The group that so arrogantly calls itself Children's Rights is now declaring itself officially outraged at an increase in abuse in foster care in metropolitan Atlanta, where CR has a consent decree.
They're even threatening to take the state back into court (in contrast to Michigan where CR meekly accepts that state's cuts in prevention and family preservation in order to fund more foster care workers and rate increases for institutions).
And even in Georgia itself, CR still doesn't get that you can't have it both ways: You can't whine about abuse in foster care in Georgia while trying to undermine every effort to keep more children out of foster care in Georgia. As noted in this previous post, CR is trying to undermine Georgia's differential response program, which has a proven record of reducing entries into foster care and improving child safety.
To CR, trying to shovel more children into the same system you condemn as rife with abuse makes perfect sense. No doubt they would argue that even as you overload the system with more children who don't need to be there, you supposedly prevent the abuse with more licensing paperwork, background checks, etc. etc. This is why I've said the people at CR are like the clerk you least want to see when you finally make it to the front of the line at the DMV. CR thinks every problem can be fixed with another form to fill out, another box to check off or some other bureaucratic answer.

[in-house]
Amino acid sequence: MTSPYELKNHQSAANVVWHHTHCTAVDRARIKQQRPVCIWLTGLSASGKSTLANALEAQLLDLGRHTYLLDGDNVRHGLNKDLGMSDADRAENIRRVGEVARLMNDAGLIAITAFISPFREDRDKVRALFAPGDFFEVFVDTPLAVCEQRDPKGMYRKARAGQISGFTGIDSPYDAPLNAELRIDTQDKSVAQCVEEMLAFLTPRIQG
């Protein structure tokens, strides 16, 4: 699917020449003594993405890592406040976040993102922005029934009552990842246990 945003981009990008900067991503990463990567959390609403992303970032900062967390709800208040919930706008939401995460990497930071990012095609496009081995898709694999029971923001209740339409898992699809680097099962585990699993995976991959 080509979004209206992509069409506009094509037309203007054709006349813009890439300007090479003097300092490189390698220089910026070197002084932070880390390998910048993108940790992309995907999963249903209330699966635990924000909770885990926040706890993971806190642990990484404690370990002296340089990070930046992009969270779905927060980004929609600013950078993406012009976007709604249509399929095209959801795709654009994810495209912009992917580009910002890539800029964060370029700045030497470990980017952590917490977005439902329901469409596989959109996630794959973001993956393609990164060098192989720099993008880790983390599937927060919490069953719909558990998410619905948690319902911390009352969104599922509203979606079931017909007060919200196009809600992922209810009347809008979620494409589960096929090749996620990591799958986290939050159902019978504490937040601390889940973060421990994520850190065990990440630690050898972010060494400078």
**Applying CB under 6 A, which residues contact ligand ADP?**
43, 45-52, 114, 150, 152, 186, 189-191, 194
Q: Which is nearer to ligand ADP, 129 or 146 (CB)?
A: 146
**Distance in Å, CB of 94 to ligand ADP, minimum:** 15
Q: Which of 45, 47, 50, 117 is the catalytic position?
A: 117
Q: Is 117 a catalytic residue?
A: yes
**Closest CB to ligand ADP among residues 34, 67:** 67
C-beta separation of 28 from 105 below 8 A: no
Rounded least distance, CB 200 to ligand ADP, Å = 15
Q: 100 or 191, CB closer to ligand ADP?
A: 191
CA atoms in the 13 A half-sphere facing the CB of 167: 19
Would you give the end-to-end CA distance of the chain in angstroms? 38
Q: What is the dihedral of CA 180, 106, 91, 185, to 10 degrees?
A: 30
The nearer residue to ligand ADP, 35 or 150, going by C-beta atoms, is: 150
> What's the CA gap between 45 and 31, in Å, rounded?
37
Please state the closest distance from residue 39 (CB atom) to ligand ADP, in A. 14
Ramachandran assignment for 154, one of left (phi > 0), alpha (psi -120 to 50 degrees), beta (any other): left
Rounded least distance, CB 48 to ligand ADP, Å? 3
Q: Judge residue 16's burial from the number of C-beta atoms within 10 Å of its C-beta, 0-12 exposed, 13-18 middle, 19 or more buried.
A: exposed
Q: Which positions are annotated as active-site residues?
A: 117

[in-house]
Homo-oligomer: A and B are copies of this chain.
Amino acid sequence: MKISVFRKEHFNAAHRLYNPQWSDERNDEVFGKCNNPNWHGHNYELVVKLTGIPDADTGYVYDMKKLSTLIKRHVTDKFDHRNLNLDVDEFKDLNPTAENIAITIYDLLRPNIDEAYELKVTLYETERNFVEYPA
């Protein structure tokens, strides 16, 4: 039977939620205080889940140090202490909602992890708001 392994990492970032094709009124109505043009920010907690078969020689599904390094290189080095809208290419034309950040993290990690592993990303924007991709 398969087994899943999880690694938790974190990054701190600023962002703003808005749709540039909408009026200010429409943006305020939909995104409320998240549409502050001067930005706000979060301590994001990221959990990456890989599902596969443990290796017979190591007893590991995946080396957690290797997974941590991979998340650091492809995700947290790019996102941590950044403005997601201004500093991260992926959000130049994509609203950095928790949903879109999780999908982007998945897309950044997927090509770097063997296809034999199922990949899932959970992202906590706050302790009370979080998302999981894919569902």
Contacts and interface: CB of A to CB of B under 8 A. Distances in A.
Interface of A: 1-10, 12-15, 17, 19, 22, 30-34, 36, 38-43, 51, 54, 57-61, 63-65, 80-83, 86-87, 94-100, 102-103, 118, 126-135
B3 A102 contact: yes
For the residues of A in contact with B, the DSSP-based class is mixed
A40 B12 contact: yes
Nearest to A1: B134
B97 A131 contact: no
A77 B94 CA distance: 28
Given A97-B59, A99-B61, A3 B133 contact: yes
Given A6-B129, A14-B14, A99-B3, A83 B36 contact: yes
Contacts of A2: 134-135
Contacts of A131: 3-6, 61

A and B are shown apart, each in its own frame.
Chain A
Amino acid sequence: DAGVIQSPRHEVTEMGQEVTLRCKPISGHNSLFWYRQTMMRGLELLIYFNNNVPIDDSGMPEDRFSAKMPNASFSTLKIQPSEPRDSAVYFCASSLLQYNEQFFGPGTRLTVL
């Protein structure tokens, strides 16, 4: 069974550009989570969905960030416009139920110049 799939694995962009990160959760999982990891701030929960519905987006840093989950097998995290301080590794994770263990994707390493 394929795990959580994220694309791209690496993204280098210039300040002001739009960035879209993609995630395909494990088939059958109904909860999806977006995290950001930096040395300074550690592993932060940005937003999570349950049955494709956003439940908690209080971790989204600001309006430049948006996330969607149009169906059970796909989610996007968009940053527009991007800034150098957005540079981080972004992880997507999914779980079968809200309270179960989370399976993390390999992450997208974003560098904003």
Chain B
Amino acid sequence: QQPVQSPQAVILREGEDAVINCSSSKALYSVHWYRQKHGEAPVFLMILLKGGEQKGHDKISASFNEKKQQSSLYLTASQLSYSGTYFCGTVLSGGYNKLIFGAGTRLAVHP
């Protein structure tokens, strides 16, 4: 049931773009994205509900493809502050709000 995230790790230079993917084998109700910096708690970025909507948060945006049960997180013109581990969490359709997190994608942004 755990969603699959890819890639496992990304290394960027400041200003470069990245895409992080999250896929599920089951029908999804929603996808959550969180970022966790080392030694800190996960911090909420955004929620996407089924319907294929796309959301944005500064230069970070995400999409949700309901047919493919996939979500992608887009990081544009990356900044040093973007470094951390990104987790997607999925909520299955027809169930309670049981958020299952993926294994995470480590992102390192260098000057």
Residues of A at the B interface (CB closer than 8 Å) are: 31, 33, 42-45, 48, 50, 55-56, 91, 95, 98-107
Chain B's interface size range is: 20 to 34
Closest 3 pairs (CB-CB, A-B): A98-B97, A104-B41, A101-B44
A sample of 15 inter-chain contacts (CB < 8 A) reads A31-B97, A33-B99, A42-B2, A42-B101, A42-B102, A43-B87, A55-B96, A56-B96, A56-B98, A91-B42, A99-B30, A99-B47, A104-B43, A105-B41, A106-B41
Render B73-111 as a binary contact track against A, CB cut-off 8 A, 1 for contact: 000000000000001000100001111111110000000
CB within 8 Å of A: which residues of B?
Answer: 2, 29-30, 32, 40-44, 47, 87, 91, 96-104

More than 150 years of experience in child welfare tells us that, when it comes to foster care, this doesn't work. And the more you overload a foster care system with children who don't need to be there, as CR now seems hell-bent on doing in Georgia, the greater the risk of abuse in foster care.
The only way to fix foster care is to have less of it.
Meanwhile, CR's lousy consent decree in Michigan may have contributed to another tragedy in that state. That story Monday.